“I will also be writing to the Insolvency Service to ask them to prioritise and fast-track their investigation into the circumstances surrounding Thomas Cook going into liquidation," Leadsom added.
Dozens of travel industry leaders have spoken of their sadness and fond memories following the collapse of Thomas Cook, and urged the sector to come together in the spirit of co-operation to assist passengers and employees.
Social media was awash with messages of condolence and support during the early hours of Monday morning (23 September) after news broke at 2am of the iconic travel brand’s failure after 178 years in business.
Among those to pledge their backing were Lisa McAuley, managing director B2B tour operations dnata Travel Europe; Richard Dixon, director of Holidaysplease; and Jo Rzymowska, managing director UK, Ireland and Asia Pacific at Celebrity Cruises.
Abta has issued comprehensive advice for agents and its members following the collapse of Thomas Cook on Monday morning (23 September).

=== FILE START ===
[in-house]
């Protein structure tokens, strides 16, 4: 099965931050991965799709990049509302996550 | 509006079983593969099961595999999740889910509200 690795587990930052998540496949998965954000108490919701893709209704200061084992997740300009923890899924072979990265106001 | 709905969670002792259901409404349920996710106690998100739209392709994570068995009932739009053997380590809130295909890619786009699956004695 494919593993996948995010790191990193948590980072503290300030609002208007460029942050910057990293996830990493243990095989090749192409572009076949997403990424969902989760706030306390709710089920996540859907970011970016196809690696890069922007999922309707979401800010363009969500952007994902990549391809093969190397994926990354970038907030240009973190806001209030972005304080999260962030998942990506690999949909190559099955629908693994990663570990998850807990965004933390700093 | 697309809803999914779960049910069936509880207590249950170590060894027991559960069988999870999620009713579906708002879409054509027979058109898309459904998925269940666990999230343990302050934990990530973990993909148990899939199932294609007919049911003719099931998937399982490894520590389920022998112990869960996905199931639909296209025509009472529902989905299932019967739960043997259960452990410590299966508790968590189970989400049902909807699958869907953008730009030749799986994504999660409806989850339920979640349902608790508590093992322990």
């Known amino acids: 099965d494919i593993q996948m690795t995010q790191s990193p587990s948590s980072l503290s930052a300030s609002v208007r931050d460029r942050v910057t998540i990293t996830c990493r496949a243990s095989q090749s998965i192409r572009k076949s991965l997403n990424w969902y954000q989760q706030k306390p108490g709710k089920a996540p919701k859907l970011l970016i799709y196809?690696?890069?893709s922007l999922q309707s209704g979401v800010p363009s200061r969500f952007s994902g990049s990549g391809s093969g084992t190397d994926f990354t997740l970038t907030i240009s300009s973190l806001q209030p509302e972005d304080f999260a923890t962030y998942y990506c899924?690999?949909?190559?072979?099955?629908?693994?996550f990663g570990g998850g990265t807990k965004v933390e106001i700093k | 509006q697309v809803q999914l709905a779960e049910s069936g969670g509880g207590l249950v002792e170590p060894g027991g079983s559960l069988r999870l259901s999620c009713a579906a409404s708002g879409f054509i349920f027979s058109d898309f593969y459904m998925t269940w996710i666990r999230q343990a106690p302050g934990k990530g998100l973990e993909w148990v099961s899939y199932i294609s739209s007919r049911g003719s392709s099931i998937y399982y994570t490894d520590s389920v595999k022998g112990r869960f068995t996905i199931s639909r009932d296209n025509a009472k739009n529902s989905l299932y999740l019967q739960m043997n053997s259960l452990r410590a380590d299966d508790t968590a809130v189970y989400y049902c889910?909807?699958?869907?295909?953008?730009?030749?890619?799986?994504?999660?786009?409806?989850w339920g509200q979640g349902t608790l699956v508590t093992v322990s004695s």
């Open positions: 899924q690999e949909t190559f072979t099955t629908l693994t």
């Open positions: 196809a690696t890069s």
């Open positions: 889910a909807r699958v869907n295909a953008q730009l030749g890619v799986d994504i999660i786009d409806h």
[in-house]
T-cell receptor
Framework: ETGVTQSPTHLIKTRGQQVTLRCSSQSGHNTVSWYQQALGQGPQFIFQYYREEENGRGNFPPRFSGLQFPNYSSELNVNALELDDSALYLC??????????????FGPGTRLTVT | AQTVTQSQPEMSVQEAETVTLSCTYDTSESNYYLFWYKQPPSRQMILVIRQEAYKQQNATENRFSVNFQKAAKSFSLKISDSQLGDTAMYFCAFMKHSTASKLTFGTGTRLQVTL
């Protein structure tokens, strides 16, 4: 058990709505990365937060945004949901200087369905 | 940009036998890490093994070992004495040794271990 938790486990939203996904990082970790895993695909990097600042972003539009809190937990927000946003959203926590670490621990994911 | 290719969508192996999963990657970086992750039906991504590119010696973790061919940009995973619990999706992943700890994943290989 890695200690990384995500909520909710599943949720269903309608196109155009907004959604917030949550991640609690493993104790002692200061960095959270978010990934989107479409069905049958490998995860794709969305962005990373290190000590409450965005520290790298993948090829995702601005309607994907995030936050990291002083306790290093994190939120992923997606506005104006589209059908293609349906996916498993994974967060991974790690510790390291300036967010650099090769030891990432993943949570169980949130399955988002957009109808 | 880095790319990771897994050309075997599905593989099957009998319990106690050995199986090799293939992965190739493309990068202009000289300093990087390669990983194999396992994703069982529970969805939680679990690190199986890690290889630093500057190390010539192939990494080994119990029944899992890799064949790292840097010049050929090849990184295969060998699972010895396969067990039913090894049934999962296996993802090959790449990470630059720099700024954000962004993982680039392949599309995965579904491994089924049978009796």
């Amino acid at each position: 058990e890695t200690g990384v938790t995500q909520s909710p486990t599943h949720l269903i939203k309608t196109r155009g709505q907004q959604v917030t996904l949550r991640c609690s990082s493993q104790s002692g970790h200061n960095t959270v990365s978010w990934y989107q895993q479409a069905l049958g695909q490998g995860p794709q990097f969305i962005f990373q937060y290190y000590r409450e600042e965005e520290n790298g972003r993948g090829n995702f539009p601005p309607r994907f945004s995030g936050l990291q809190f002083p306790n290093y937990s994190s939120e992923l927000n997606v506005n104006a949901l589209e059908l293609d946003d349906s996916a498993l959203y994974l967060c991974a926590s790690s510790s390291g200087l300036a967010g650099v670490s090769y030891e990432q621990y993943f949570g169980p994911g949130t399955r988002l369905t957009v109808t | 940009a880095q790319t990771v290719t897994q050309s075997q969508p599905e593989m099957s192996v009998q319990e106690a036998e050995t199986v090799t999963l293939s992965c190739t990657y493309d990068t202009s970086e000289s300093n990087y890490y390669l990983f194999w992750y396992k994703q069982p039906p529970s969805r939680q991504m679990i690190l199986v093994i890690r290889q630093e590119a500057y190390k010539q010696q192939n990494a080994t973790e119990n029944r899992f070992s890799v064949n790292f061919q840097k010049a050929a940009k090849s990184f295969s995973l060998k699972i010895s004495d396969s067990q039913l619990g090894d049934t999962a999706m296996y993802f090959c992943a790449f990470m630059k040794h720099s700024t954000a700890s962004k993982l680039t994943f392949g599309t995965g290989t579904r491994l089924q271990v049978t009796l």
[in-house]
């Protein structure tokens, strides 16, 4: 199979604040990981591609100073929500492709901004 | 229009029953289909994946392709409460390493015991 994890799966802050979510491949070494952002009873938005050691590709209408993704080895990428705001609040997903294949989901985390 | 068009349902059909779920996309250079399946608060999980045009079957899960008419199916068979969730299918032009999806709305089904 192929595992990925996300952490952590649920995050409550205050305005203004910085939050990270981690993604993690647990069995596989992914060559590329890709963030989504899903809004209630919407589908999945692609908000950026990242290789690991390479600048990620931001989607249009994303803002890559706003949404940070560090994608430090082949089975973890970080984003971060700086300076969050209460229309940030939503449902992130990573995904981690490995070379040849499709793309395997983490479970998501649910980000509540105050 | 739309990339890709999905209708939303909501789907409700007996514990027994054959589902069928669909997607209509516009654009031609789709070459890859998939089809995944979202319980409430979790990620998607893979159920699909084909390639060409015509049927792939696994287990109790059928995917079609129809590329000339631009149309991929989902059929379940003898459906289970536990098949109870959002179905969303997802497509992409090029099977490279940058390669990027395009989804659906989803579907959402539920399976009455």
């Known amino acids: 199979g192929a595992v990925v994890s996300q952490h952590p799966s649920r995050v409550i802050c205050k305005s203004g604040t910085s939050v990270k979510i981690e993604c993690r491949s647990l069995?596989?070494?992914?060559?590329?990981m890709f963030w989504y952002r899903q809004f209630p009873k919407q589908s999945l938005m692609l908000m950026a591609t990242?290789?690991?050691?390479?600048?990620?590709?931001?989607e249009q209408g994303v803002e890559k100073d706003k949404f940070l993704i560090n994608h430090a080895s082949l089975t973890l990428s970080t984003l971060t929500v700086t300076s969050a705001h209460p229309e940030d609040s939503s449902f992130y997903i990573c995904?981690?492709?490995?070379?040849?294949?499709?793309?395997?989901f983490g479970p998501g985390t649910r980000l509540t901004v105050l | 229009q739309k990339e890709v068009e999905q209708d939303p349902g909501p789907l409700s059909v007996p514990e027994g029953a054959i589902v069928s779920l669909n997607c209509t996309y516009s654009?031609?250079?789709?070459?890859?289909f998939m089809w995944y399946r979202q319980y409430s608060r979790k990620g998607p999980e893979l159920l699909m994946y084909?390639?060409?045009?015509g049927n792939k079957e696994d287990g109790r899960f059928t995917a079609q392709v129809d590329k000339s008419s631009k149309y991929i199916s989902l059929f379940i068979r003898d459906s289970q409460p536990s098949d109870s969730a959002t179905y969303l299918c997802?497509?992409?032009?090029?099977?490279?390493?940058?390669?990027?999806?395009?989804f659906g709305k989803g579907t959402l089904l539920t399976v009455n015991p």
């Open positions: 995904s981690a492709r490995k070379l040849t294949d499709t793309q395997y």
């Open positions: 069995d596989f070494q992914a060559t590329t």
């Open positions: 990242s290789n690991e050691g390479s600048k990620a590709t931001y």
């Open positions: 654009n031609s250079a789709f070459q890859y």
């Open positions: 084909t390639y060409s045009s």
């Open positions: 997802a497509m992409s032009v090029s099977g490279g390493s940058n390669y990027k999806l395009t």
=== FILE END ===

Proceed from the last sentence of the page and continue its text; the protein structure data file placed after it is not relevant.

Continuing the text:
Chief executive Mark Tanzer said he was “extremely saddened” by the failure, which he confirmed would result in the loss of thousands of jobs.
“For Abta members, customers and industry colleagues, this will be an extremely worrying time,” Tanzer also acknowledged.
Abta’s full advice to members is available here.
OTA On the Beach has warned it faces a “one-off exceptional cost” arising from the failure of Thomas Cook.
In a trading update, the OTA said it was “evaluating the potential effects” of Cook’s failure on the business’s full-year performance.
“The board anticipates there will be a one-off exceptional cost associated with helping customers to organise alternative travel arrangements, and lost margin on cancelled bookings."